When Information is Not Enough: Evidence from a Centralized School Choice System

59 Pages Posted: 7 Oct 2020 Last revised: 14 Mar 2021

See all articles by Kehinde Ajayi

Kehinde Ajayi

World Bank

Willa Friedman

University of Houston - Department of Economics

Adrienne Lucas

University of Delaware - Alfred Lerner College of Business and Economics

Date Written: October 2020

Abstract

Students often make school choice decisions with inadequate information. We present results from delivering information to randomly selected students (and some randomly selected parents) across 900 junior high schools in Ghana, a country with universal secondary school choice. We provided guidance on application strategies and reported the selectivity and exit exam performance of secondary schools, information students and parents prioritized. We find that despite information changing the characteristics of schools to which students applied and students gaining admission to higher value-added schools, they were not more likely to matriculate on time or at all. Information was not the only constraint.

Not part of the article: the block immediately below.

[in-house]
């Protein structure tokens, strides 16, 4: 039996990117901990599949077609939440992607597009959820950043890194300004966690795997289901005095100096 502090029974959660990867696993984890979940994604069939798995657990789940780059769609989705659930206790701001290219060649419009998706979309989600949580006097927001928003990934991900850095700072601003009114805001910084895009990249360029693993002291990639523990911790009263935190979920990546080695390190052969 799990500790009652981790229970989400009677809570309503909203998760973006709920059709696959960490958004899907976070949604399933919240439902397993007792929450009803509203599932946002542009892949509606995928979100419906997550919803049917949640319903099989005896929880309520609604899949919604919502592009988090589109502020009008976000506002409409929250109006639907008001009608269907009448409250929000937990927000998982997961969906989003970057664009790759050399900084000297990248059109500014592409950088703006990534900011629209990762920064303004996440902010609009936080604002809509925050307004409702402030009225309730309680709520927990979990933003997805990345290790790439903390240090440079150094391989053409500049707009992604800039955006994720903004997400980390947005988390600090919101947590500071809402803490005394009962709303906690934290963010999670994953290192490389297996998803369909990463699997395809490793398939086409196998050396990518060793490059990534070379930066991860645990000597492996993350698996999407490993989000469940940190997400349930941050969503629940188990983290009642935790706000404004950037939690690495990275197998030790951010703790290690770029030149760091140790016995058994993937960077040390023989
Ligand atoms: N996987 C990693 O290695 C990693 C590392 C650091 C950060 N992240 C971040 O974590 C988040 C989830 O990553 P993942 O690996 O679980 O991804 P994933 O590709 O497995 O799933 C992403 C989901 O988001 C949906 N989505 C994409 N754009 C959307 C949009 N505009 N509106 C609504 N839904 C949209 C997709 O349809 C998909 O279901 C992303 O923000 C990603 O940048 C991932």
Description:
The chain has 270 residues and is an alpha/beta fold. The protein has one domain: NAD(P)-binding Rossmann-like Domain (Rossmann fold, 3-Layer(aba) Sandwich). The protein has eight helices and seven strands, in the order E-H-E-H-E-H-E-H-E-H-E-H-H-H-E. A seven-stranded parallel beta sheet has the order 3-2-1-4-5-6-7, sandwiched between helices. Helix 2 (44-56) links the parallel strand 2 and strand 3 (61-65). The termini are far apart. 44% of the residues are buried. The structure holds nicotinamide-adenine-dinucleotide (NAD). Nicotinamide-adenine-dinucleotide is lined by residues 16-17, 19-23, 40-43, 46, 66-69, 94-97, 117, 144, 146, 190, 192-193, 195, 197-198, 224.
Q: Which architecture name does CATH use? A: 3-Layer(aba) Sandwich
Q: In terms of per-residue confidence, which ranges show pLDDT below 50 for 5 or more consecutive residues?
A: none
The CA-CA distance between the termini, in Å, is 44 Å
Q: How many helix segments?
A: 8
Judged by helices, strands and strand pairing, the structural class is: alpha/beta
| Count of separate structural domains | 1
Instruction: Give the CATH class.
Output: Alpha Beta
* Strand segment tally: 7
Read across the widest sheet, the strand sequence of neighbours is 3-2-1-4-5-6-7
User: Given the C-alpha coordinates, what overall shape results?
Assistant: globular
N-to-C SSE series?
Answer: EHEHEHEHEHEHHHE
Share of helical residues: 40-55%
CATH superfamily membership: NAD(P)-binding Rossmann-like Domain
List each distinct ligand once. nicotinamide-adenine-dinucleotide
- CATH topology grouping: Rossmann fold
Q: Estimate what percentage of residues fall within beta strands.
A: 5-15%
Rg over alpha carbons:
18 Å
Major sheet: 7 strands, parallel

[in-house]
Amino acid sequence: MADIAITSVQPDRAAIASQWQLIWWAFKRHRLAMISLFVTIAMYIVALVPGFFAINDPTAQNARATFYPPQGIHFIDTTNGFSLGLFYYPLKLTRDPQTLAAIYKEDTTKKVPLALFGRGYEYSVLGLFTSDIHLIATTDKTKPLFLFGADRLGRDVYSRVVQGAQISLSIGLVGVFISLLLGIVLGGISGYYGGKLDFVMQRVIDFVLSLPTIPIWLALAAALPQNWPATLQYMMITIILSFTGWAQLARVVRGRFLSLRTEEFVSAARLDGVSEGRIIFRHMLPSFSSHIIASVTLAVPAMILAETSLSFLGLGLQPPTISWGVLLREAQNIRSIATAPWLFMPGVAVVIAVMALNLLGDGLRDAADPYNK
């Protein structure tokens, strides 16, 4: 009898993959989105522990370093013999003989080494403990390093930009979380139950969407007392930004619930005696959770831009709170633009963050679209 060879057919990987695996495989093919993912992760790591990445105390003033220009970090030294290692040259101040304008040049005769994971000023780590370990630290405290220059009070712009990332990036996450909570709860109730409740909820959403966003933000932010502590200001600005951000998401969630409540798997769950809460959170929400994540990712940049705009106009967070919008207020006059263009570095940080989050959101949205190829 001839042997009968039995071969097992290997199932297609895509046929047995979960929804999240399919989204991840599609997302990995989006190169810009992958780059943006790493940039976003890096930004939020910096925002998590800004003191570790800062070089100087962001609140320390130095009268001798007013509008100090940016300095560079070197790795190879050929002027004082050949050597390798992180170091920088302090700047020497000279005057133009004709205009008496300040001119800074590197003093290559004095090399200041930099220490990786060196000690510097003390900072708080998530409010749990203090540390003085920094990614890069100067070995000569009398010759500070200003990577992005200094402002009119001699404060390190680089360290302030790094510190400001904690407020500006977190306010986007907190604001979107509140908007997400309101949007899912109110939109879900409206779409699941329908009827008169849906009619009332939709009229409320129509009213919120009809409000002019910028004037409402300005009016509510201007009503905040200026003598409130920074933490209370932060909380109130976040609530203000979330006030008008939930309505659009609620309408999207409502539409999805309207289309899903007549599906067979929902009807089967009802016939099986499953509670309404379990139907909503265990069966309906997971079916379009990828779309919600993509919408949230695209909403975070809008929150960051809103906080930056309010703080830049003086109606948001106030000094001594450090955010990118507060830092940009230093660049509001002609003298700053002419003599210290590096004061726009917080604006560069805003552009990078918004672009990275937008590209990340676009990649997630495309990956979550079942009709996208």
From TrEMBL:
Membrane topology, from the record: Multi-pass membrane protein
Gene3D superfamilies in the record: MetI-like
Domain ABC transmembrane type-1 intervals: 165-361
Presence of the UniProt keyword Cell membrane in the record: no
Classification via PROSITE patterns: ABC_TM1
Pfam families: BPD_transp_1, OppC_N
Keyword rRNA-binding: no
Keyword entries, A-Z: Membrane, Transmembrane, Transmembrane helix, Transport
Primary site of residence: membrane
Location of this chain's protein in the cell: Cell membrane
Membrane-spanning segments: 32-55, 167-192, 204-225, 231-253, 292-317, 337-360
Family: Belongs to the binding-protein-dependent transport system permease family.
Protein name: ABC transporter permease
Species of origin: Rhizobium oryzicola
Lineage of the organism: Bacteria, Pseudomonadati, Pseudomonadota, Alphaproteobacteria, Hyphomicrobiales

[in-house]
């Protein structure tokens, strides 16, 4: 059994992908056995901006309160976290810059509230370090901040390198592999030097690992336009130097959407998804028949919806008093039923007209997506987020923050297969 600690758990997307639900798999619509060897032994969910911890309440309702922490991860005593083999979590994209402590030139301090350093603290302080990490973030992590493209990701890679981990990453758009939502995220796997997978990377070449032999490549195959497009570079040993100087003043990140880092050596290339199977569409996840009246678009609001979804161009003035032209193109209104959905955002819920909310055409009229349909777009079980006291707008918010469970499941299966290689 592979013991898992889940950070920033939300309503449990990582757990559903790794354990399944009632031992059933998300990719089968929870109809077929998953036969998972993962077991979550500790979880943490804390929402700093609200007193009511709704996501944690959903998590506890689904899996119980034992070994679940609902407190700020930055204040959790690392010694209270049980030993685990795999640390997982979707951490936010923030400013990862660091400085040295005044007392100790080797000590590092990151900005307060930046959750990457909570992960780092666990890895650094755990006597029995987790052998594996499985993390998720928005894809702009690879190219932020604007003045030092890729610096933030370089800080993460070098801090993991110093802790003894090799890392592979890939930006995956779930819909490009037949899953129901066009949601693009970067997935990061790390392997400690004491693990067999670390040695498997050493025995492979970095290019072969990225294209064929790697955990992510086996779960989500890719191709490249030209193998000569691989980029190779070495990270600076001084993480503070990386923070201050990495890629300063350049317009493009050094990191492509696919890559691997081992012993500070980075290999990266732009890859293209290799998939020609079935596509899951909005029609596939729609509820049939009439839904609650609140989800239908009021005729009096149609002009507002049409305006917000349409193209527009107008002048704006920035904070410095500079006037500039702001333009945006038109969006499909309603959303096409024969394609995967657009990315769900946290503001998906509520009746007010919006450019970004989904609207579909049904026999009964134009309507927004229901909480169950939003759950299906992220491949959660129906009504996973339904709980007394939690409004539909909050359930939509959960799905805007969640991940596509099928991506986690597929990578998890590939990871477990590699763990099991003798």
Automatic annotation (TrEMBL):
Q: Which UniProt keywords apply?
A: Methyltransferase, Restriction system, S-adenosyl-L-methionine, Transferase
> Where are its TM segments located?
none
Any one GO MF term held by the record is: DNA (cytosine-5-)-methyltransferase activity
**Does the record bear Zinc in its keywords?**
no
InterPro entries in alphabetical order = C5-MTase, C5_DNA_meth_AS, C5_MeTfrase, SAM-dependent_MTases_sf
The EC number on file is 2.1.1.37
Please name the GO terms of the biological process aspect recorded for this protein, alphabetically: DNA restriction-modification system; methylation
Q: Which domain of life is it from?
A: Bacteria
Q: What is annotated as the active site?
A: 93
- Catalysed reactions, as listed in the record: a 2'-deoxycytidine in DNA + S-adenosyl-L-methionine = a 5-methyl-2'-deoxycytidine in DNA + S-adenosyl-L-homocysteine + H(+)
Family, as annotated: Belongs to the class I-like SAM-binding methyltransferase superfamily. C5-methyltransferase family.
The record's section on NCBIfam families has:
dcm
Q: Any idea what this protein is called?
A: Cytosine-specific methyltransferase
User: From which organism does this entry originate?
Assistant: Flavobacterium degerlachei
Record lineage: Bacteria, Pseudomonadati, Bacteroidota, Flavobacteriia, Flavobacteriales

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Suggested Citation

Ajayi, Kehinde and Friedman, Willa and Lucas, Adrienne, When Information is Not Enough: Evidence from a Centralized School Choice System (October 2020). NBER Working Paper No. w27887, Available at SSRN: https://ssrn.com/abstract=3705097

Kehinde Ajayi (Contact Author)

World Bank ( email )

1818 H Street, NW
Washington, DC 20433
United States

Willa Friedman

University of Houston - Department of Economics ( email )

Houston, TX 77204-5882
United States

Adrienne Lucas

University of Delaware - Alfred Lerner College of Business and Economics ( email )

419 Purnell Hall
Newark, DE 19716
United States

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